• 8. International Journal of Electrical Engineering and Technology (IJEET), ISSN 0976 – 6545(Print), ISSN 0976 – 6553(Online) Volume 5, Issue 3, March (2014), pp. 05-13 © IAEME 12 5. RESULTS Loss sensitivity factor is used to calculate the candidate location for the capacitor placement and HSA is used to find the optimal capacitor size. In this work, hms = 60, HMCR=90%, Number of iterations 500, PAR min = 0.4 and PAR max = 0.9. 5.1. Results of 33-bus system The proposed algorithm is applied to 33-bus system [13]. Optimal capacitor locations are identified based on the Loss sensitivity factor values. For this 33-bus system, one optimal location is identified. Capacitor size in that optimal location, total real power losses before and after compensation, voltage profile before and after compensation and total annual cost before and after compensation are shown below in Table1. BUS NO; 6 CAPACITOR SIZE in ( KVAR) 1800 TOTAL REAL POWER LOSS in (KW) before compensation. 201.8588 TOTAL REAL POWER LOSS in (KW) after compensation. 147.0588 VOLTAGE IN P.U at bus number 6 before compensation. 0.9499 VOLTAGE IN P.U at bus number 6 after compensation 0.9676 TOTAL ANNUAL COST before compensation 40573.62$ TOTAL ANNUAL COST after compensation 26246.11$ LOSS REDUCTION 54.8 LOSS REDUCTION % 27.147% 5.2. Results of 69-bus system The proposed algorithm is applied to 69-bus system [14]. Optimal capacitor location is identified based on the Loss sensitivity factor values. For this 69-bus system, one optimal location is identified. Capacitor sizes in that optimal location, total real power losses before and after compensation, voltage profile before and after compensation, total annual cost before and after compensation are shown below in Table-2. BUS NO; 61 CAPACITOR SIZE in ( KVAR) 1350 TOTAL REAL POWER LOSS in(KW) before compensation 224.5407 TOTAL REAL POWER LOSS in (KW) after compensation 172.4137 VOLTAGE IN P.U at bus number 6 before compensation 0.9133 VOLTAGE IN P.U at bus number 6 after compensation 0.9364 TOTAL ANNUAL COST before compensation 37722.83$ TOTAL ANNUAL COST after compensation 30166.54$ LOSS REDUCTION 51.1264 LOSS REDUCTION % 22.76%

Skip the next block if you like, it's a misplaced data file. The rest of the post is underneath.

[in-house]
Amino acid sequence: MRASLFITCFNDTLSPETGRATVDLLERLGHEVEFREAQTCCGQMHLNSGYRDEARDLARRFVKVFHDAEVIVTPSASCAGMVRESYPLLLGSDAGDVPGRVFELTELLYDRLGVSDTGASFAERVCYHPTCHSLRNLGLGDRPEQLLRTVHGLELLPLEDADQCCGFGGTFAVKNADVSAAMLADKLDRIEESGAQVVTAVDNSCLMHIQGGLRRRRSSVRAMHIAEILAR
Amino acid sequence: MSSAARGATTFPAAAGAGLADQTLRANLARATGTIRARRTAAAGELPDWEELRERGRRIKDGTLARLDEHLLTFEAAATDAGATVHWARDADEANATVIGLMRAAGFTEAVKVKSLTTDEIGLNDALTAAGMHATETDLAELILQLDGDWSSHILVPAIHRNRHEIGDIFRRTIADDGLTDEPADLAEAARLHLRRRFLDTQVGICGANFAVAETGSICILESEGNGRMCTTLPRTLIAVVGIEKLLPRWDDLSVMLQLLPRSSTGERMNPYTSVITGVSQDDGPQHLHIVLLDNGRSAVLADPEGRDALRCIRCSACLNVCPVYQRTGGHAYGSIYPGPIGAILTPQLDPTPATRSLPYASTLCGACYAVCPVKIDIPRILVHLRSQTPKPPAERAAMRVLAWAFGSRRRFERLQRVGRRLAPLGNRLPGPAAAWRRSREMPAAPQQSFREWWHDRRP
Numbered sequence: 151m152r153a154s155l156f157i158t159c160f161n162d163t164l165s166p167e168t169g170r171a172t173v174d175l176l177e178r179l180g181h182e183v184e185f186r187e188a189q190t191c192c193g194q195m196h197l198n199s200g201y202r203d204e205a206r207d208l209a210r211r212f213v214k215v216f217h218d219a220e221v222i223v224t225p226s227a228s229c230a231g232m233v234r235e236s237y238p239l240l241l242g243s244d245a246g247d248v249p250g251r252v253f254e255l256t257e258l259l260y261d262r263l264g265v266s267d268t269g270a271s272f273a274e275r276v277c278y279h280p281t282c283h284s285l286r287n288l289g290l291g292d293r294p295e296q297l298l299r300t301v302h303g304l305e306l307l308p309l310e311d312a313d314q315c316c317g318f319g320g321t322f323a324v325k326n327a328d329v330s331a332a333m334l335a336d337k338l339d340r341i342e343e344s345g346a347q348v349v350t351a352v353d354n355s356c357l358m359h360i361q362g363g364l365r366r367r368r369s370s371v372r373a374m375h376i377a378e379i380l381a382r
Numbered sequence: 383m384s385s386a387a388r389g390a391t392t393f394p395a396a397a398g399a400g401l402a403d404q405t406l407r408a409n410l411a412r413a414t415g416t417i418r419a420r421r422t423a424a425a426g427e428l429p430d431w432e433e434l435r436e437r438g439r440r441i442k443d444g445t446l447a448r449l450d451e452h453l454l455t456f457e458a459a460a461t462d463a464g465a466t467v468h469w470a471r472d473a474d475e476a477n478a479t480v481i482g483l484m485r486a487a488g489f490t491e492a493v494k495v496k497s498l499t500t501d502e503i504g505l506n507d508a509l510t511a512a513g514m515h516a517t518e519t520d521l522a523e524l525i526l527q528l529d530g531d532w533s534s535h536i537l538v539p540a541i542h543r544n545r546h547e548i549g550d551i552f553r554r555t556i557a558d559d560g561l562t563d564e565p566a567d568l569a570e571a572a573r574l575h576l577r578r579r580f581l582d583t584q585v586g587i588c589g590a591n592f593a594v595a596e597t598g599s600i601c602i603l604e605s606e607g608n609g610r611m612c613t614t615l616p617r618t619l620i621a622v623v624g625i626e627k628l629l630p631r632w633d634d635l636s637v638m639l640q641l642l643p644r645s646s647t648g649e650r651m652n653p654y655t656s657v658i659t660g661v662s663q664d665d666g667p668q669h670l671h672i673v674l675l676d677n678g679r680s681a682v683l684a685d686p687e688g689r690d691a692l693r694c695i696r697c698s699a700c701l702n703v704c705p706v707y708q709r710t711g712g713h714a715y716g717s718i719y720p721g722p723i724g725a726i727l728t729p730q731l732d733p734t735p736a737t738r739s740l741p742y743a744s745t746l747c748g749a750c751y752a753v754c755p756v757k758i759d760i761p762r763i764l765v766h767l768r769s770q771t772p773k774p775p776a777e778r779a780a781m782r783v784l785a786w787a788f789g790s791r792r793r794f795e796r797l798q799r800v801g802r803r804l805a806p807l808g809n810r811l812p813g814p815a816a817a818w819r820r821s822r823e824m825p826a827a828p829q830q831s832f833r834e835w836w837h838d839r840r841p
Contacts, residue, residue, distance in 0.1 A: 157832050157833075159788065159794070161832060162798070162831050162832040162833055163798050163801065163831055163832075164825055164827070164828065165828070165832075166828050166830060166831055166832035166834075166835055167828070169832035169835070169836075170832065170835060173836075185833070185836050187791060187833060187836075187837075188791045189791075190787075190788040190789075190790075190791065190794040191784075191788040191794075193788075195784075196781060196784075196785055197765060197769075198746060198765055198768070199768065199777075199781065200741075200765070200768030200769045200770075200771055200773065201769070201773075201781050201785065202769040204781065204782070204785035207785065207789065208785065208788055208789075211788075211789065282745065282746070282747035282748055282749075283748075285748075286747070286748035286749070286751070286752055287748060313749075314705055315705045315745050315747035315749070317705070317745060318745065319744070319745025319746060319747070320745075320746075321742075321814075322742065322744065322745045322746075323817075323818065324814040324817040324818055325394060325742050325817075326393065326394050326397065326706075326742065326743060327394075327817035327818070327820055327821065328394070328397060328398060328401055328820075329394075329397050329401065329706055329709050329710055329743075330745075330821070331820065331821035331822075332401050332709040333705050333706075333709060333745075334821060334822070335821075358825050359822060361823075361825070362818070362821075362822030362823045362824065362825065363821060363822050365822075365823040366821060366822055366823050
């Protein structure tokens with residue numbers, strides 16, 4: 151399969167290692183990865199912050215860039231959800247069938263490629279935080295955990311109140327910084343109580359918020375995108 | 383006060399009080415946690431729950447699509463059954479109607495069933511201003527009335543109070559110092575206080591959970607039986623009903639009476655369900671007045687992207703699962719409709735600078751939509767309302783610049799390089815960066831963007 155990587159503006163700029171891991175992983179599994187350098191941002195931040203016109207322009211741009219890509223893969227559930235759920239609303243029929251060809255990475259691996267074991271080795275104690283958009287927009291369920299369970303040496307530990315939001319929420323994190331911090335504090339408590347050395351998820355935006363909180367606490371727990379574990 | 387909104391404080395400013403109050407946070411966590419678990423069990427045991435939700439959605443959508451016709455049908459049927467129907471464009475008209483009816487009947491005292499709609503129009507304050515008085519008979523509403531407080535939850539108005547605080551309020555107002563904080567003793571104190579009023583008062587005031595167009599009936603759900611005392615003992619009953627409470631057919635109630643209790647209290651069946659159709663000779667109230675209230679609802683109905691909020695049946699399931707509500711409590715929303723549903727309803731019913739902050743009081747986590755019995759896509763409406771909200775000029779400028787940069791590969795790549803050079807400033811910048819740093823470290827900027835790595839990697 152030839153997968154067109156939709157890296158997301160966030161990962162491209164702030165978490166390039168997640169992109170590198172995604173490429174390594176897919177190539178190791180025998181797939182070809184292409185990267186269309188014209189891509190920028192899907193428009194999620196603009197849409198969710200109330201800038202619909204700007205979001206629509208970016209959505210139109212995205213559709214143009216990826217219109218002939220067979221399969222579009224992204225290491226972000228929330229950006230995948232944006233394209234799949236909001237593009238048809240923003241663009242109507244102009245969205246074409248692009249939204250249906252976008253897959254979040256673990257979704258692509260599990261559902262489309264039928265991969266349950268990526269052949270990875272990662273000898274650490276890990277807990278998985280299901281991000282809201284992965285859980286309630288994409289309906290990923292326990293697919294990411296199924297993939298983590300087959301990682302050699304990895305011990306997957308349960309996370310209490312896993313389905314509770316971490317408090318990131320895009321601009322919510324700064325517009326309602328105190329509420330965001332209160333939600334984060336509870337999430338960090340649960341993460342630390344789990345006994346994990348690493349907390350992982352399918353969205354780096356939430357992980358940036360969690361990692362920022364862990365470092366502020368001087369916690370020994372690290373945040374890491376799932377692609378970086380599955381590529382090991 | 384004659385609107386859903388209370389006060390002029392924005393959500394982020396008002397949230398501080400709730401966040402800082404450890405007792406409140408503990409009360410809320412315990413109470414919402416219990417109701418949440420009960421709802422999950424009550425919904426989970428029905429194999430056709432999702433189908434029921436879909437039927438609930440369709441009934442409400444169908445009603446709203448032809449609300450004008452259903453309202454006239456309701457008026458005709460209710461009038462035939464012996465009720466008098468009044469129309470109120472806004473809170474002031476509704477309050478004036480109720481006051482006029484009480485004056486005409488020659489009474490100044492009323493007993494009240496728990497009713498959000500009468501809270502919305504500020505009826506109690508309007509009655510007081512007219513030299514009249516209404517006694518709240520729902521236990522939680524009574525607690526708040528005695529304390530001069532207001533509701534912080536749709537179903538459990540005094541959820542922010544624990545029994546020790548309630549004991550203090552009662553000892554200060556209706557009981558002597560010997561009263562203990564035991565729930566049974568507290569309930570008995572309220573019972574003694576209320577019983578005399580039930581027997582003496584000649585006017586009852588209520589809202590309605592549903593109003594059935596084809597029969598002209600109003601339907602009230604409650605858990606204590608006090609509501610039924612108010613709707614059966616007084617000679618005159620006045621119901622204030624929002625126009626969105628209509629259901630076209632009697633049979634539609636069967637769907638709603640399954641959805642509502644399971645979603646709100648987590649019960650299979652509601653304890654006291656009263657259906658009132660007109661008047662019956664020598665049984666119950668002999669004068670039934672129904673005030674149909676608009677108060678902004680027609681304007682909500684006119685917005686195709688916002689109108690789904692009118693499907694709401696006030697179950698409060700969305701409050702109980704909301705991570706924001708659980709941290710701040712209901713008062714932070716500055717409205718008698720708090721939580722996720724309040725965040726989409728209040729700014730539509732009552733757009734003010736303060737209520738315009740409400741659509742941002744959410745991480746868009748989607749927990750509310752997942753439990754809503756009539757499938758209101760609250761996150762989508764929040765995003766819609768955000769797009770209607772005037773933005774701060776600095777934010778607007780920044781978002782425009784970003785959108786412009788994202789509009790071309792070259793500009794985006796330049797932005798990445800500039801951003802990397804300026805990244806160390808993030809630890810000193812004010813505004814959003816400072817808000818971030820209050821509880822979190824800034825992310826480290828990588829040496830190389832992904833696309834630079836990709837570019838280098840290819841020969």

• 9. International Journal of Electrical Engineering and Technology (IJEET), ISSN 0976 – 6545(Print), ISSN 0976 – 6553(Online) Volume 5, Issue 3, March (2014), pp. 05-13 © IAEME 13 6. CONCLUSION Here in this paper a two- stage method L.S.F and HS algorithm has been successfully applied for capacitor placement. By the installation of shunt capacitor at the optimal position there is a significant decrease in power loss, decrease in total annual cost and increase in voltage profile. So the combination of both Loss sensitivity factor and HS algorithm yields good results. 7. REFERENCES [1] Ponnavaiko M, Prakasa Rao KS. Optimal choice of fixed and switched shunt capacitors on radial distributors by the method of local variations. IEEE Trans Power App Syst 1989;102:725–34. [2] Baran ME, Wu FF. Optimal capacitor placement on radial distribution systems. IEEE Trans Power Delivery 1989;4:725–34. [3] Khodr HM, Olsina FG, De Oliveira-De Jesus PM, Yusta JM. Maximum savings approach for location and sizing of capacitors in distribution systems. Elect Power Syst Res 2008; 78:1192–203. [4] Huang TL, Hsiao YT, Chang CH, Jiang JA. Optimal placement of capacitors in distribution systems using an immune multi-objective algorithm. Elect Power Energy Syst 2008; 30: 184–92. [5] Bhattacharya SK, Goswami SK. A new fuzzy based solution of the capacitor placement in radial distribution system. Exp Syst App 2009; 36:4207–12. [6] Prakash K. Particle swarm based capacitor placement on radial distribution systems. In: Power Eng. Soc. gen. meeting, Tampa, TL; 24–28 June 2007. p. 1–5. [7] Das D. Optimal placement of capacitors in distribution system using fuzzy-GA method. Elect Power Energy Syst 2008;30:361–7. [8] Seifi A, Hesamzadeh MR. A hybrid optimization approach for distribution capacitor allocation considering varying load conditions. Elect Power Energy Syst 2009;31:589–95. [9] Abdelaziz AY, Mekhamer SF, Nada MH. A fuzzy expert systems for loss reduction and voltage control in radial distribution systems. Elect Power Sys Res 2010;80:893–7. [10] Haque MH. Capacitor placement in radial distribution systems for loss reduction IEE Proc Gener Trans Distrib 1999;146:501–5. [11] Baran M.E. and Wu F.F. 1989. Network reconfiguration in distribution systems for loss reduction and load balancing. IEEE Transactions on Power Delivery. 4(2): 1401-1407, April. [12] Baran M.E. and Wu F.F. 1989. Optimal capacitor placement on radial distribution systems. IEEE Transactions on Power Delivery. 4(1): 725-734, January. [13] Geem ZW, Kim JH and Loganathan GV (2001) A new heuristic optimization algorithm: Harmony search. Simulation, 76:60-68. [14] Lee KS and Geem ZW (2005) A new meta-heuristic algorithm for continuous engineering optimization: harmony search theory and practice. Comput. Methods Appl. Mech. Engrg., 194:3902-3933. [15] Dr.K.Ravichandrudu, G.Jyothi, P.Yohan Babu and G.V.P.Anjaneyulu, “Artificial Bee Colony Algorithm Based Approach for Capacitor Allocation in Unbalanced Radial Distribution Systems”, International Journal of Electrical Engineering & Technology (IJEET), Volume 4, Issue 4, 2013, pp. 67 - 73, ISSN Print : 0976-6545, ISSN Online: 0976-6553. [16] Nagaraju.Annam, Dr.J. Bhagwan Reddy and Dr. Sardar Ali, “A Strategic Wind Form Integration Method to Polluted Distibuted System with Shunt Capacitor”, International Journal of Advanced Research in Engineering & Technology (IJARET), Volume 4, Issue 3, 2013, pp. 147 - 157, ISSN Print: 0976-6480, ISSN Online: 0976-6499.